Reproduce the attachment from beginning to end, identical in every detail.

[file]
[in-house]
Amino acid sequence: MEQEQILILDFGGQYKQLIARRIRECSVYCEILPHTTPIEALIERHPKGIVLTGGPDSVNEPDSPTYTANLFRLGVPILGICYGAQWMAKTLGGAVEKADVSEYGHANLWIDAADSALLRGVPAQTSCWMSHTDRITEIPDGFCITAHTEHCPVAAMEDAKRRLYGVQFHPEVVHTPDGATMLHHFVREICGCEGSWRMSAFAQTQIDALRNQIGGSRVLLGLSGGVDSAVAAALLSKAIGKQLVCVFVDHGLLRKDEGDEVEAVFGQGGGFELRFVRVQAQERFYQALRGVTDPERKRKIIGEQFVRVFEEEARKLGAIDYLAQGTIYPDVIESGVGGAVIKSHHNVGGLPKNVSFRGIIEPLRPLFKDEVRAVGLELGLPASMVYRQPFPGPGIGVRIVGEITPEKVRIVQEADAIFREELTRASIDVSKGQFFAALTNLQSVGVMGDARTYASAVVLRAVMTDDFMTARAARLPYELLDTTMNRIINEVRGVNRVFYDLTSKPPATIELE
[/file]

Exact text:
[in-house]
Amino acid sequence: MEQEQILILDFGGQYKQLIARRIRECSVYCEILPHTTPIEALIERHPKGIVLTGGPDSVNEPDSPTYTANLFRLGVPILGICYGAQWMAKTLGGAVEKADVSEYGHANLWIDAADSALLRGVPAQTSCWMSHTDRITEIPDGFCITAHTEHCPVAAMEDAKRRLYGVQFHPEVVHTPDGATMLHHFVREICGCEGSWRMSAFAQTQIDALRNQIGGSRVLLGLSGGVDSAVAAALLSKAIGKQLVCVFVDHGLLRKDEGDEVEAVFGQGGGFELRFVRVQAQERFYQALRGVTDPERKRKIIGEQFVRVFEEEARKLGAIDYLAQGTIYPDVIESGVGGAVIKSHHNVGGLPKNVSFRGIIEPLRPLFKDEVRAVGLELGLPASMVYRQPFPGPGIGVRIVGEITPEKVRIVQEADAIFREELTRASIDVSKGQFFAALTNLQSVGVMGDARTYASAVVLRAVMTDDFMTARAARLPYELLDTTMNRIINEVRGVNRVFYDLTSKPPATIELE